Tanzina Vega: I'm Tanzina Vega, this is The Takeaway. In Texas, around one million people were still without power Thursday morning after a powerful winter storm pounded most of the central and southern parts of the United States. Residents are seeking warmth in their cars, scrounging for gasoline, going without critical medical supplies, and running low on food. In the meantime, government officials in Texas are pointing fingers at who they think is to blame, but there remains little relief in sight.
Texas is not alone, the increase in intensity of these climate change-related weather events could spell more trouble for the American power grid which remains woefully unprepared. We begin today with the discussion about why from hurricane Maria in Puerto Rico to wildfires in California, to winter storms in Texas, the failure of our power grids continues to put Americans at risk and what we can do to improve them. I have Ivan Penn, an energy correspondent for the New York Times with us. Ivan, thanks for joining us.
Ivan Penn: Pleasure to be with you.
Tanzina: Julie McNamara is also with us and she's the senior energy analyst at the Union of Concerned Scientists. Julie, welcome to the show.
Julie McNamara: Thank you for having me.
Tanzina: Ivan, how old are many of our electrical grids across the country?
Ivan: We're talking about a system that is 100 years old. Of course, we saw as you mentioned, the wildfires in California, the worst of them as far as fatalities, the campfire which was sparked by a 100-year-old tower that was by the Utility Pacific Gas and Electric Standards 25 years past its useful life. You see that a lot of the equipment is not only old, but it's outdated.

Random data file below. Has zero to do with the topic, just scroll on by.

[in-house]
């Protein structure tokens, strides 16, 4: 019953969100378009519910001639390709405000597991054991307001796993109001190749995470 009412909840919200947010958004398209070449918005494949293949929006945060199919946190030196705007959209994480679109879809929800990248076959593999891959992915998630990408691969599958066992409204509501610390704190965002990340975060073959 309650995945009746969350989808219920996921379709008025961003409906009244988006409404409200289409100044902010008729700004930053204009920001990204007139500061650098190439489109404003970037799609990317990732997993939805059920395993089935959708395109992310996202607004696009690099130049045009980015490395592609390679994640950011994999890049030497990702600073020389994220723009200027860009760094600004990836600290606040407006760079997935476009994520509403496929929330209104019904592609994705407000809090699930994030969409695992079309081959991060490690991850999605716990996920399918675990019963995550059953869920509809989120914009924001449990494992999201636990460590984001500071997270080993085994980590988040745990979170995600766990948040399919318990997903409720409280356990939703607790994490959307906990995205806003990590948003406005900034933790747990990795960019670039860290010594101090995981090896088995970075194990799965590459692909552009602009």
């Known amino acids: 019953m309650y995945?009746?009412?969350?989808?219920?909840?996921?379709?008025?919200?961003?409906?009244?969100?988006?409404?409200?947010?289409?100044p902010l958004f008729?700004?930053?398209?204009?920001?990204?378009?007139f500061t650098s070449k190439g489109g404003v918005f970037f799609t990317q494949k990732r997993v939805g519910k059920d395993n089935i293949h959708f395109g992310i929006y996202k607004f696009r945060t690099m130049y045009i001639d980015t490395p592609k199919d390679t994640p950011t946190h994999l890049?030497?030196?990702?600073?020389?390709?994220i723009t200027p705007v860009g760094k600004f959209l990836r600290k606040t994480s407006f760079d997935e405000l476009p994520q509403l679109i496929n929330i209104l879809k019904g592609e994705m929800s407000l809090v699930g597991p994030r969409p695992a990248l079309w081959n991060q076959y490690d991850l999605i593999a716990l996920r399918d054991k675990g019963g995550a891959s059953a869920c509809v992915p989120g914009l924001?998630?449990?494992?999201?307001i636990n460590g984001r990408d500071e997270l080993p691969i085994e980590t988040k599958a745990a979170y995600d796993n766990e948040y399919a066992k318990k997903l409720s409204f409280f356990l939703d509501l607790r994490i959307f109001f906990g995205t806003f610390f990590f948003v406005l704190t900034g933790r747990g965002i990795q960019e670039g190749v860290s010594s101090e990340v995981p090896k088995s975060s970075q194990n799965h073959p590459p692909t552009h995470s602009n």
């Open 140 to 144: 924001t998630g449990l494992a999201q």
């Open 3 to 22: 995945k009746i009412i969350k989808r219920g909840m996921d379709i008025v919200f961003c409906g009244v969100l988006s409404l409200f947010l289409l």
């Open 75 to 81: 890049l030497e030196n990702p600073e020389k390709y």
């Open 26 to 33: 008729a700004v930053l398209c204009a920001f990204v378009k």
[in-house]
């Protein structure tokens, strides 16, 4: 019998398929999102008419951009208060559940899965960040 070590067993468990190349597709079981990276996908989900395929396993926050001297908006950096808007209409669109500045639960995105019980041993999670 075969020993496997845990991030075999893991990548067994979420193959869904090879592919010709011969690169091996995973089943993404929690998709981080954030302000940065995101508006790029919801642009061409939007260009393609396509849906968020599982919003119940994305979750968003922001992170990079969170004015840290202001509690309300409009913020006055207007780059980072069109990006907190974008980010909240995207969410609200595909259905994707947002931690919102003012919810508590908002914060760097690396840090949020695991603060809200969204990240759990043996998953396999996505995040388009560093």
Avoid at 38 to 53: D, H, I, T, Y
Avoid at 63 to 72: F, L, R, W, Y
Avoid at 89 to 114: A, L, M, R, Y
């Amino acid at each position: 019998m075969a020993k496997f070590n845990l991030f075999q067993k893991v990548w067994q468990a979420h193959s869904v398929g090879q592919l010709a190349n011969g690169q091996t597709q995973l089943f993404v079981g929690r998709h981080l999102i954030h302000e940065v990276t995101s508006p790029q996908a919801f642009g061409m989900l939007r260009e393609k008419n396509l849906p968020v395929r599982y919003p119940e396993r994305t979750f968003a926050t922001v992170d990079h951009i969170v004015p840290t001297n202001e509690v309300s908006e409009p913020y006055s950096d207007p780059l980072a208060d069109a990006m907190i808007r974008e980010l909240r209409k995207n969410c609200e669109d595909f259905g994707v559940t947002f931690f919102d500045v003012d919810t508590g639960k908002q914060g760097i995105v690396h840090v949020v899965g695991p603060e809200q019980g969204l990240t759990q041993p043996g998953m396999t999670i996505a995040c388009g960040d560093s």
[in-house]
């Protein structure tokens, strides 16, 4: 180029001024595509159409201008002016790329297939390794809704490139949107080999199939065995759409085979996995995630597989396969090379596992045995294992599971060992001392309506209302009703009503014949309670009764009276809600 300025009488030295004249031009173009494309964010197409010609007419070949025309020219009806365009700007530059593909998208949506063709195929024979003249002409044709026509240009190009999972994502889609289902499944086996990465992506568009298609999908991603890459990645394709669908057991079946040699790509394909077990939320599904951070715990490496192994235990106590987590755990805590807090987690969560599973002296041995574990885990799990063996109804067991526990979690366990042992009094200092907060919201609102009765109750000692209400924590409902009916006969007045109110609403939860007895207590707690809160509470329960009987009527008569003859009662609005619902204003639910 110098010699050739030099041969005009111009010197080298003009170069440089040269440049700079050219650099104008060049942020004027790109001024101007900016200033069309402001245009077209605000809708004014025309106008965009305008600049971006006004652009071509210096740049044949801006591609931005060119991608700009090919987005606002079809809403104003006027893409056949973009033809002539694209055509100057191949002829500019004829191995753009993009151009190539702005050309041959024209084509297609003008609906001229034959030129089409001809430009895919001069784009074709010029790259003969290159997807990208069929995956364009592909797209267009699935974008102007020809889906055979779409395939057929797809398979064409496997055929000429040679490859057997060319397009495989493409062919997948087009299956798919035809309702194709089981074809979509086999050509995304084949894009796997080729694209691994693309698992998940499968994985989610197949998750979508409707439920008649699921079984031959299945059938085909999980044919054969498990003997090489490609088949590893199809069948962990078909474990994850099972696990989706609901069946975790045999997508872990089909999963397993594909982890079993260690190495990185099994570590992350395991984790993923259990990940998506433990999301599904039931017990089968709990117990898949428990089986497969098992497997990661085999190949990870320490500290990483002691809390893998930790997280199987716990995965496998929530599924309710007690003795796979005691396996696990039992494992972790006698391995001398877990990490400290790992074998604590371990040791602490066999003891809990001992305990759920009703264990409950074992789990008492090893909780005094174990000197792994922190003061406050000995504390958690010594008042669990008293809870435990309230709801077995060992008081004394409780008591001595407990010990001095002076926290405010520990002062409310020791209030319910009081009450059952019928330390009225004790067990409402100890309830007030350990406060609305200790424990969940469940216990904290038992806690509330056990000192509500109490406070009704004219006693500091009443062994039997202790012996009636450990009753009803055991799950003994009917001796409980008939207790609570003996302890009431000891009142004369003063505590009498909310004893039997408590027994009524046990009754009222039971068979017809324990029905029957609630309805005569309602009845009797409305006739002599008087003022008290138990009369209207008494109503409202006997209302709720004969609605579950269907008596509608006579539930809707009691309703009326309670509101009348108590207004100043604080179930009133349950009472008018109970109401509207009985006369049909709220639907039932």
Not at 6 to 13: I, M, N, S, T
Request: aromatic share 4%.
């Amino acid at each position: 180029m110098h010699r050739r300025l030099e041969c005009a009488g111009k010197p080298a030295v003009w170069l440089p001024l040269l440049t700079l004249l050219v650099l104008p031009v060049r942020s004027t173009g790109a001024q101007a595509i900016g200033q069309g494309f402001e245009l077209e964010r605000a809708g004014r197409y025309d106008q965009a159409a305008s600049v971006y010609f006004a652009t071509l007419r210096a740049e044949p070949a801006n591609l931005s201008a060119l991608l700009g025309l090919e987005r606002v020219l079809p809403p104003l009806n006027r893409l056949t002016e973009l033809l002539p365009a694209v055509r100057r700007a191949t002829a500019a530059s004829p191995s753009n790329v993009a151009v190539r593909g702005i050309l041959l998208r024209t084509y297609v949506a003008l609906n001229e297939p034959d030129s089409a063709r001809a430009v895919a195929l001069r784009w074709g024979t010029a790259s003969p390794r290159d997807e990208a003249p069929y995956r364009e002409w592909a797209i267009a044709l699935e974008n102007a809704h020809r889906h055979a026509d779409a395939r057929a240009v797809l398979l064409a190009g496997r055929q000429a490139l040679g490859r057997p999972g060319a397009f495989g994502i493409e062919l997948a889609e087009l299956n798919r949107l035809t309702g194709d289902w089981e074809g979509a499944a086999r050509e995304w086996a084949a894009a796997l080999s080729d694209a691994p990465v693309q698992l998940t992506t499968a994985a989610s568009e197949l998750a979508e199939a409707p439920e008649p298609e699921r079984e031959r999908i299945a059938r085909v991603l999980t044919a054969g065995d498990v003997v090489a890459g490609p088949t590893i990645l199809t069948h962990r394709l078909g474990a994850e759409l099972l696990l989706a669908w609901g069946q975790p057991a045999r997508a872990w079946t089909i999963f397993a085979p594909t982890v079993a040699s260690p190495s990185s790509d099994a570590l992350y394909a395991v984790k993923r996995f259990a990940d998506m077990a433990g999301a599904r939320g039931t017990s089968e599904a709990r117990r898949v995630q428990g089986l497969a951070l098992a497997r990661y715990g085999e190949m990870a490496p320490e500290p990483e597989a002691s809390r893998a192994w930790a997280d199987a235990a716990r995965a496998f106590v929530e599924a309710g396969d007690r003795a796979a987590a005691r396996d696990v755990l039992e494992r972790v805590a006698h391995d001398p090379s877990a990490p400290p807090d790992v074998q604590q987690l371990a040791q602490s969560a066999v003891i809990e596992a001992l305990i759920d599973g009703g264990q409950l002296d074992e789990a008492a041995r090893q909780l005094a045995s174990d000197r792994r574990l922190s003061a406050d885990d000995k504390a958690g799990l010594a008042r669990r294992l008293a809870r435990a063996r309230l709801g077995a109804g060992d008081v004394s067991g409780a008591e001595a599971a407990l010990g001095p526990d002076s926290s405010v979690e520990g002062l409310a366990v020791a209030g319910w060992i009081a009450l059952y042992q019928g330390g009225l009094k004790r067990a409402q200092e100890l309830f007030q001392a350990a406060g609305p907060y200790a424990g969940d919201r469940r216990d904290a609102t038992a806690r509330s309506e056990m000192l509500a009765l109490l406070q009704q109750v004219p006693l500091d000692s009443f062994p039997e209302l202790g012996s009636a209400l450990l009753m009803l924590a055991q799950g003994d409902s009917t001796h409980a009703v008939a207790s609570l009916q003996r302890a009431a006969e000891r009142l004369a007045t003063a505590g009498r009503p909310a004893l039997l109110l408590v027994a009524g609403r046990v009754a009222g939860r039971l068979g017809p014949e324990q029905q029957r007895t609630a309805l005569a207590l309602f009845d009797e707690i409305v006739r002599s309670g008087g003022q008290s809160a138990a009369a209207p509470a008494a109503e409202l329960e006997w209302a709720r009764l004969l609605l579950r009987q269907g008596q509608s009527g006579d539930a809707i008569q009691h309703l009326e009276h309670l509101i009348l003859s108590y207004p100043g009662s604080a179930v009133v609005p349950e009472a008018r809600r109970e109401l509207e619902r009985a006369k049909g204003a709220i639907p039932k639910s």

Tanzina: Julie, many of our grids are centralized. What does that mean? Does that mean that many of them are public utilities, are many of them private? What does that tell us about the actual infrastructure?
Julie: Sure. What that really is getting at is this idea that historically we had a grid built around these large power plants, these large coal plants, nuclear. The generators that were often far away from load and then we'd have these large transmission lines, those high power lines that you see taking that electricity from these power plants all the way to cities and then we get to the infrastructure like substations that then convey electricity into the wires you see running around town, such that the electricity comes from all the way that long distance to get to your home for when the light switch is flipped.
That's changing, as we get more renewables online, we're moving from that centralized one where those large power plants provide so much of the power where they're supposed to be on all the time to more decentralized loads where we have electricity resources in many more places.
Tanzina: That sounds like it could be a good thing.